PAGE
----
By James Hanback
Like many other people who live in houses, I have a contract with a pest control company. Now and then, someone arrives at my door wearing a crisp uniform and carrying a giant canister full of some kind of magical chemical concoction. This pest controller uses a long wand that is attached to the canister to conjure up a magic invisible shield that prevents six- or eight- or hundred-legged creatures from invading my space. I know the pest control service is working and worth it when I am not confronted by any tiny crawling, flying, or undulating critters. Thus the debugger who visits my house every now and again does so because I don’t want to see any evidence of bugs in my living space.
Debugging in the networking world works a bit differently. If you enable debugging in Cisco IOS, it’s because you are specifically looking for the cause of a problem. In other words, you want to see the bugs. Fortunately for you, there’s the handy Cisco IOS debug command, which exists primarily to overwhelm you with more information than you can ever possibly parse or understand about nearly every aspect of an IOS configuration.
I’m kidding, of course. But have you ever attempted to follow the trail of context-sensitive help for the debug command? It’ll take about 10 screens just to list all the secondary keywords that are available immediately following the command, let alone the tertiary and higher levels.
Nevertheless, the debug command is invaluable when you’re experiencing issues that are not necessarily easy to diagnose by examining a running configuration or by examining the output of the show commands that are related to the technology you’re attempting to troubleshoot. This is because the debug command allows you to examine output in real-time, as the device is attempting to send or receive traffic, rather than relying on the somewhat static output that is presented in show commands.
Of course, there’s a caveat. It is recommended that you use debug commands on a production network only if you have been instructed to do so by someone at the Cisco Technical Assistance Center (TAC). This is because debugging can be a significant resource drain on your hardware, your scrolling finger, and your eyesight. Like the chemical the household pest controller sprays, you should typically use the debug command sparingly and only when appropriate.
Imagine that you handle Enhanced Interior Gateway Routing Protocol (EIGRP) administration on Router1 while another administrator manages Router2 at a remote location. Now imagine that the Router2 admin adds a new network to the Router2 EIGRP configuration and decides that the new network should not be advertised to Router1. Foolishly, the Router2 admin issues the EIGRP passive-interface command for the interface that connects Router2 to Router1. Because EIGRP passive interfaces block both inbound and outbound advertisements, the immediate result is a broken neighbor relationship between the two EIGRP routers.
If you happened to be monitoring the console of Router1 at the time, your first indication that something is wrong might be a Syslog message similar to the following:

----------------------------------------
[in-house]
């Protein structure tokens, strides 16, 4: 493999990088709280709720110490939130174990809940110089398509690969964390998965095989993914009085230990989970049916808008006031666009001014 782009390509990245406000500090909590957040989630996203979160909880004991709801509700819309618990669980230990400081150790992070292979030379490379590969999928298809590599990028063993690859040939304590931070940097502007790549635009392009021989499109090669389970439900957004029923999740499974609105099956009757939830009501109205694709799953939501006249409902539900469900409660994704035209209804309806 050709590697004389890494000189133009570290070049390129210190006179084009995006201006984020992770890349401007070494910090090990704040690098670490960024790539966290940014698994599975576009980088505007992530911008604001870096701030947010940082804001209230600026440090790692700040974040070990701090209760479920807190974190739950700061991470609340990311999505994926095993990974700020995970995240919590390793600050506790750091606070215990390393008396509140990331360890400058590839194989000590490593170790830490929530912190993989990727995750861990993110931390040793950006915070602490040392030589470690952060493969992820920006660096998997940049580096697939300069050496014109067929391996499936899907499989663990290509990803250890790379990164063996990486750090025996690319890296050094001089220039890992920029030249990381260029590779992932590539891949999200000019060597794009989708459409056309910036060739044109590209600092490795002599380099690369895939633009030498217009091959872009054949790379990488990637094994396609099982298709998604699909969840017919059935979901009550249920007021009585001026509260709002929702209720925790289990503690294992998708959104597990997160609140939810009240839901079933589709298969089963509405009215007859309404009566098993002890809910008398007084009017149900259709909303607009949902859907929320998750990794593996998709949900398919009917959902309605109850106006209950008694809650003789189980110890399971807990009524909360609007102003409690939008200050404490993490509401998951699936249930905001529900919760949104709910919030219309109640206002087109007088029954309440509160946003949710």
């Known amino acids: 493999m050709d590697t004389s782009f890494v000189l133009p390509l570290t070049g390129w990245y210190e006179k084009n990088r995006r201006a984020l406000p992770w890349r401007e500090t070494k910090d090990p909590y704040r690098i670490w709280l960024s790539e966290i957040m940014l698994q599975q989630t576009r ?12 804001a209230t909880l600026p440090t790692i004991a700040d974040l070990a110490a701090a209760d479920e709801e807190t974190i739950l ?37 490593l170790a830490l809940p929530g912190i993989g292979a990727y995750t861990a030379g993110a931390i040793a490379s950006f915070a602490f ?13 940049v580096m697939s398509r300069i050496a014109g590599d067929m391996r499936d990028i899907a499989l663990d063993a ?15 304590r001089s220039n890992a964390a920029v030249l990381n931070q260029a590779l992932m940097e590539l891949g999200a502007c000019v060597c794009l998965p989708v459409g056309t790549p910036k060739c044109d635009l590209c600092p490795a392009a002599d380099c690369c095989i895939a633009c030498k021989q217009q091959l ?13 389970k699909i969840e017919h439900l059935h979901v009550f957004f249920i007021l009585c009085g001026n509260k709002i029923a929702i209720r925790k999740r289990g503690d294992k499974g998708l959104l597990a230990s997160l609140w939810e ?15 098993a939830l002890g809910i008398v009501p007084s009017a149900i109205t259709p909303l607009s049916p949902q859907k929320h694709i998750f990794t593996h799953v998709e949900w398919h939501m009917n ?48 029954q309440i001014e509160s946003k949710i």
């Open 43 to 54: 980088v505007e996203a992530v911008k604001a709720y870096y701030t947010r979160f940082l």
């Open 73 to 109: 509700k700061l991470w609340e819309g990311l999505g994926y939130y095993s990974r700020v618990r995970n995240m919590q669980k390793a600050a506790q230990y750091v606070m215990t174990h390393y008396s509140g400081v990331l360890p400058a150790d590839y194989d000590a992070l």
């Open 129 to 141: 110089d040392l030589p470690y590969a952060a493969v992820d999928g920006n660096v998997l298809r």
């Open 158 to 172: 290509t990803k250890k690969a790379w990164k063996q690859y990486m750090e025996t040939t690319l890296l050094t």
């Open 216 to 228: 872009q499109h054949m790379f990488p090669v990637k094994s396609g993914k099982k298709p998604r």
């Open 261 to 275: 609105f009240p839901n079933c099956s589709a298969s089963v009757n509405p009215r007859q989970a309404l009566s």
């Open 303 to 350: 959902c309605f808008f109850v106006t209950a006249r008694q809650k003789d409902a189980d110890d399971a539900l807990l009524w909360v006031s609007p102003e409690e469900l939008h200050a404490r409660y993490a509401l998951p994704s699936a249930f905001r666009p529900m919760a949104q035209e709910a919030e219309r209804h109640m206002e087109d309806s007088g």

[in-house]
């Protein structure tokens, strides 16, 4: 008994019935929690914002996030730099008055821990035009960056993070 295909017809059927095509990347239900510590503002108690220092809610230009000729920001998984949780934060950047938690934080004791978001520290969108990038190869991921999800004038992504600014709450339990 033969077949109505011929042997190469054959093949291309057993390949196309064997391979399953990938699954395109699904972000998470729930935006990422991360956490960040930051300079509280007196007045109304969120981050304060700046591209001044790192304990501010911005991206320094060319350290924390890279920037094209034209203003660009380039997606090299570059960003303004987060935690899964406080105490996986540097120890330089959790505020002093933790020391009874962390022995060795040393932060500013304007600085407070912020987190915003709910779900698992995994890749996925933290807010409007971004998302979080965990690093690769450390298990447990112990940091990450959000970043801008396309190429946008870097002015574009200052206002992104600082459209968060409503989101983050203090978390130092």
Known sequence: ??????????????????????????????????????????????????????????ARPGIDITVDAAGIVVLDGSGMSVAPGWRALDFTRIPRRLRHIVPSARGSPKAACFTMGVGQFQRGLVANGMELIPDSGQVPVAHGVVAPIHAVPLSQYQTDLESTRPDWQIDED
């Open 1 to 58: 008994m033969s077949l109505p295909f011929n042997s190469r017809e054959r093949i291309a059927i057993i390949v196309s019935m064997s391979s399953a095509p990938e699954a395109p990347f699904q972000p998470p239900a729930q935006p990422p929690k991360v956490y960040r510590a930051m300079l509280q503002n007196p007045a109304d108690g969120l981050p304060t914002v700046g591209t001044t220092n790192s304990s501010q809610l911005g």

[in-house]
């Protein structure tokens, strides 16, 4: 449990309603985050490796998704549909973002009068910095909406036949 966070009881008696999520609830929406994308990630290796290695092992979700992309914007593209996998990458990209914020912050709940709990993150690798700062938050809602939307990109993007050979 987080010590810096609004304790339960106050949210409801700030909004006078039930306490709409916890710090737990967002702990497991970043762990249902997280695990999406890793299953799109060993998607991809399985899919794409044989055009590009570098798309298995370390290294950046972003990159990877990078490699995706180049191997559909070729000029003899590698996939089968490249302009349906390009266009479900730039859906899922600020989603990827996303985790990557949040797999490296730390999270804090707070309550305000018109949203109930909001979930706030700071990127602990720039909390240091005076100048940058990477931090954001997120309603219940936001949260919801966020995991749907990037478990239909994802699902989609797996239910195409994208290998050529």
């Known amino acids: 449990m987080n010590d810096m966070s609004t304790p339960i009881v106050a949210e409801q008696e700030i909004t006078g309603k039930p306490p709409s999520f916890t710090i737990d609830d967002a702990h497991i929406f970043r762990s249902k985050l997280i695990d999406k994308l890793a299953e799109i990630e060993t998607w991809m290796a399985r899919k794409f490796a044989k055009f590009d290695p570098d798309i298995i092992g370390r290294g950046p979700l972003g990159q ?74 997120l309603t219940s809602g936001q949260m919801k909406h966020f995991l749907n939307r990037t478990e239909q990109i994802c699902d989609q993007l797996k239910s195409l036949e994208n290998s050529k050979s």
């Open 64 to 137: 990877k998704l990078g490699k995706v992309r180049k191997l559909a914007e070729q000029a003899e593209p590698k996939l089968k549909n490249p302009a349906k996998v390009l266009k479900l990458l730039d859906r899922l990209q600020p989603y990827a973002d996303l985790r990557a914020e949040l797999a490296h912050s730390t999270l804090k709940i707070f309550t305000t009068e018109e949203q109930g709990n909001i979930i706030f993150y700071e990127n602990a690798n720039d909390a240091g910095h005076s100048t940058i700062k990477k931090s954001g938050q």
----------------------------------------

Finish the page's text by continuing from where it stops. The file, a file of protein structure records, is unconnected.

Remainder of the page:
%DUAL-5-NBRCHANGE: EIGRP-IPv4 10: Neighbor 192.168.51.50 (FastEthernet0/0) is down: Interface PEER-TERMINATION received
At that point you might just call up the Router2 admin and ask a pertinent question or two. But what if the other administrator was working at an off time? What if you didn’t even notice that there was a problem until the following morning, when users arrived at work and started sending support tickets your way? (Of course, we’re assuming that you did not have the foresight to implement any kind of system monitoring that would alert you as soon as a problem is detected.)
In that case, you might have entirely missed the console message. And because the passive-interface command was issued on the remote router, not the router you administer, the show ip protocols command will turn up zilch in the way of hints. Nor will the show ip eigrp topology, the show ip eigrp neighbors, and the show ip eigrp interfaces commands be of any help (except to inform you that no neighbor relationship exists between Router1 and Router2, which is important information but does not indicate where the cause of the failure lies). Pretty much all you can do with show commands at this point is verify that the configuration on Router1 has not changed since you last examined it and ensure that the interface connected to Router2 is in the up state.
You can also reliably rule out some common adjacency problems simply by noting the absence of certain console messages. For example, you can be fairly certain that K value mismatches are not causing the adjacency failure in this case because there are no repeating K value mismatch errors on the console (or in the error logs, if you use a Syslog server). If K values were the problem, you might see repeating messages on Router1 similar to the following:
%DUAL-5-NBRCHANGE: EIGRP-IPv4 10: Neighbor 192.168.51.50 (FastEthernet0/0) is down: K-value mismatch
So you know the interface and line protocol are up. You know that the EIGRP configuration on Router1 has not changed. And you’re fairly certain that there’s no K-value mismatch between the routers. That narrows down the possible causes of the adjacency failure quite a bit. The next thing you might do is verify that the neighbor router is actually still alive. After all, an interface in the up state does not necessarily mean that the device on the other end is responsive. So you might issue a show cdp neighbors or at least a ping command to verify that Router2 is still there. In this case, let’s assume that you have determined that it is.
Now that you’ve exhausted all your ideas, it’s time to wave the magic wand and issue the debug eigrp packets hello command because you—you smart cookie, you—also know that in order for two routers to establish an EIGRP adjacency, they must be able to exchange Hello packets.